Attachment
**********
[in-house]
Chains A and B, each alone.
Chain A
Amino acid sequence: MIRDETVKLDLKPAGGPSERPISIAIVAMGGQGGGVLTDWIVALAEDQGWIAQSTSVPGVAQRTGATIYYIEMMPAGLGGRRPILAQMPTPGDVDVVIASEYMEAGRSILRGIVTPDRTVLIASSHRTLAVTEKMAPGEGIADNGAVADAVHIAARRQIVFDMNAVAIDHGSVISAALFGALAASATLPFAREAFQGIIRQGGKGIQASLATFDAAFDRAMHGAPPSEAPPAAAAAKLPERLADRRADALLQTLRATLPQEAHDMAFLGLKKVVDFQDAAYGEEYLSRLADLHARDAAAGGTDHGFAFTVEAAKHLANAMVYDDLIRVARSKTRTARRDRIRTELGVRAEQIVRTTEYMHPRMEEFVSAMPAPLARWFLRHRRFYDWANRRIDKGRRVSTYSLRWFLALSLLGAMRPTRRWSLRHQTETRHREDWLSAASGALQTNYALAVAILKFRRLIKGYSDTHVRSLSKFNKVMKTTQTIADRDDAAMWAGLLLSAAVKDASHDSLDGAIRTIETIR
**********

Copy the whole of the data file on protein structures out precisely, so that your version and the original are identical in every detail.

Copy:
[in-house]
Chains A and B, each alone.
Chain A
Amino acid sequence: MIRDETVKLDLKPAGGPSERPISIAIVAMGGQGGGVLTDWIVALAEDQGWIAQSTSVPGVAQRTGATIYYIEMMPAGLGGRRPILAQMPTPGDVDVVIASEYMEAGRSILRGIVTPDRTVLIASSHRTLAVTEKMAPGEGIADNGAVADAVHIAARRQIVFDMNAVAIDHGSVISAALFGALAASATLPFAREAFQGIIRQGGKGIQASLATFDAAFDRAMHGAPPSEAPPAAAAAKLPERLADRRADALLQTLRATLPQEAHDMAFLGLKKVVDFQDAAYGEEYLSRLADLHARDAAAGGTDHGFAFTVEAAKHLANAMVYDDLIRVARSKTRTARRDRIRTELGVRAEQIVRTTEYMHPRMEEFVSAMPAPLARWFLRHRRFYDWANRRIDKGRRVSTYSLRWFLALSLLGAMRPTRRWSLRHQTETRHREDWLSAASGALQTNYALAVAILKFRRLIKGYSDTHVRSLSKFNKVMKTTQTIADRDDAAMWAGLLLSAAVKDASHDSLDGAIRTIETIR